October 2016 - Changing of the Guard

TheMReport — News and strategies for the evolving mortgage marketplace.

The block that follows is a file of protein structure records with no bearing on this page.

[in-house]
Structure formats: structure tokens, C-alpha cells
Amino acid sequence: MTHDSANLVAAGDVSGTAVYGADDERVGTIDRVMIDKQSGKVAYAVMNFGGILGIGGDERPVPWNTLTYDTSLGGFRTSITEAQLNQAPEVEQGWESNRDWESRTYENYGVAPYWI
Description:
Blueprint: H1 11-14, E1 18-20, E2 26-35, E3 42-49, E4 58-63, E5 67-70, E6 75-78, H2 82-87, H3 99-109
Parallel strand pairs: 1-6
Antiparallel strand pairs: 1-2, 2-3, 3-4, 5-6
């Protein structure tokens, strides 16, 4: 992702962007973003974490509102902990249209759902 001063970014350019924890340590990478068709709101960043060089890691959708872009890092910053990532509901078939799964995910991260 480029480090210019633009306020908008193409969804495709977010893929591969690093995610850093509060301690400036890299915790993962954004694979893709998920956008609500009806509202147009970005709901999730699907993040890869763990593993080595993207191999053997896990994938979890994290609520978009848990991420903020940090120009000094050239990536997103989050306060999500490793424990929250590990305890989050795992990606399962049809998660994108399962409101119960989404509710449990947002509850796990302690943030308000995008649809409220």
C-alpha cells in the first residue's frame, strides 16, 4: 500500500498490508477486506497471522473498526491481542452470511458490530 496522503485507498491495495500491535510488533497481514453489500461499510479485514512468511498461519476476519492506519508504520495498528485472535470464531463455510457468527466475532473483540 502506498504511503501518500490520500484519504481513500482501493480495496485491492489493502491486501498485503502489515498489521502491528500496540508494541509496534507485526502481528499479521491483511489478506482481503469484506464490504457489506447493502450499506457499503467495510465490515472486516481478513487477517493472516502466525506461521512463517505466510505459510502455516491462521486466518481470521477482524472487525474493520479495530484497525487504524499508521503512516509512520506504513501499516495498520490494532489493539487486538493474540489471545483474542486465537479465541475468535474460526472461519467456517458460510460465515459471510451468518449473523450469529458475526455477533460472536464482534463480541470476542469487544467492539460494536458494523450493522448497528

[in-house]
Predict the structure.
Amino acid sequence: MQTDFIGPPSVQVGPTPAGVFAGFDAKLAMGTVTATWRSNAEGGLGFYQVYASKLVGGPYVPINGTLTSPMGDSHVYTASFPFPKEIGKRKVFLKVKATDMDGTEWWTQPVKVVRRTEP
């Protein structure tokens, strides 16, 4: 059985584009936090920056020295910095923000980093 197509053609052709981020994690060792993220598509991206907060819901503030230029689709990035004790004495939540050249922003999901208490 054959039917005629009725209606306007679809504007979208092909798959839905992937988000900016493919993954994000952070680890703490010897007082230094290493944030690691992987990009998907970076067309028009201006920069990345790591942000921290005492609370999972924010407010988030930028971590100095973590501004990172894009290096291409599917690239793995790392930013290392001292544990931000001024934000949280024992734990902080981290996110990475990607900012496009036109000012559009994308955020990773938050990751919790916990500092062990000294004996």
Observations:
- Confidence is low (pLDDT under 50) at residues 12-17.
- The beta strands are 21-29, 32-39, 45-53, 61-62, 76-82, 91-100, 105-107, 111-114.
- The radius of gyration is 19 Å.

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56 | TH E M R EP O RT O R I G I NAT I O N S E R V I C I N G A NA LY T I C S S E C O N DA R Y M A R K E T ANALYTICS THE LATEST Millennial Homeowners Utilizing Home Equity for Extra Funds Older millennials are more likely than baby boomers to leverage their home equity for cash and to view their homes as investment properties. O lder millennials (ages 30 to 34) who own a home are likely to tap into their home equity when they need extra cash, according to a survey from Dis - cover Home Equity Loans. In fact, that age cohort was twice as likely as baby boomers, ages 55 to 64, to take out a home equity loan, according to the sur - vey of 1,428 adults in March 2016 conducted by research firm Toluna for Discover. The survey found that millenni - als prefer the cheaper home equity loan interest rate (which averaged 4.88 percent for the week ending August 17) or home equity line of credit rate (4.75 percent) over borrowing using a credit card, where the average interest rate is currently 16.1 percent. "Homeowners who have built equity in their homes have the op - portunity to leverage their financial asset to help them pay down debt, update their home or pay for major expenses," said TJ Freeborn, Director of Operations Strategy for Discover Home Equity Loans. "Home equity loans are a viable option homeowners may want to consider, especially because they of - fer perks like a fixed rate for the life of the loan and the potential for the interest to be tax deductible." Out of the 64 percent of older millennials who own a home, 51 percent of them used to have a home equity loan, compared to just 26 percent of baby boomers who own a home, according to the survey. Older millennial homeown - ers were three times more likely than baby boomers to tap home equity when they need emergency cash (42 percent compared to 14 percent). The survey also showed that older millennials were more likely than baby boomers to use their home as a financial asset by sell - ing it to make money (27 percent compared to 13 percent), and older millennials were also more likely than baby boomers to view their homes as an investment property (25 percent compared to 7 percent). Refi Boom, Compliance Keeping Loan Defects Low First American's loan defect indices for refinance and purchase originations are down significantly from last year. T he recent spike in mortgage refinances driven by near his- torically low mortgage rates has benefited the loan pro- duction process by the lowering the frequency of defects, fraudu- lence, and misrepresentation in the information submitted in mortgage loan applications, ac- cording to data released by First American Financial Corpora- tion at the end of August. The First American Loan Application Defect Index for July 2016 reported a decline of 2.8 per - cent over the month in July and a drop of 16.7 percent over the year. The Defect Index in July was down by 31.4 percent from its risk peak, reached in October 2013, according to First American. "The Defect Index continues to improve as the share of refinance activity in the market remains strong. According to the latest MBA mort - gage applications survey, the refinance share of mortgage appli- cations remains above 60 percent. The housing market continues to benefit from historically low mort- gage rates, which are driving lower defect-risk refinance activity," said Mark Fleming, Chief Economist at First American. "The average rate for a 30-year, fixed-rate mortgage fell in July to 3.44 percent from 3.57 percent in June. Other than between October 2012 and January 2013, this marks the lowest mort - gage rates have been since Freddie Mac began tracking mortgage rates in 1971. To the extent that lower defect-risk refinance applications continue to occupy a large share of the mortgage market, the overall index will benefit." For refinance transactions, the Defect Index declined by 1.7 percent from June to July and 18.1 percent from July 2015 to July 2016. For purchase transactions, the Defect Index was down 1.3 percent over the month and 13.2 percent over the year in July. These two Defect Indices are also way down from their peaks reached in late 2013, albeit at a much higher rate for refinance transactions than purchase transactions (41 percent compared to 24 percent). "The benefits in compliant loan production processes are becoming more clearly evident, particularly for refinance transactions, in the big declines we are observing in loan application and mortgage de - fect risk," Fleming said. "Refinance activity, fueled by historically low mortgage rates, combined with improved loan manufacturing processes are resulting in higher quality loan applications with the lowest level of defects and misrep - resentation that we have seen in recent history." "The benefits in compliant loan production processes are becoming more clearly evident." —Mark Fleming, First American

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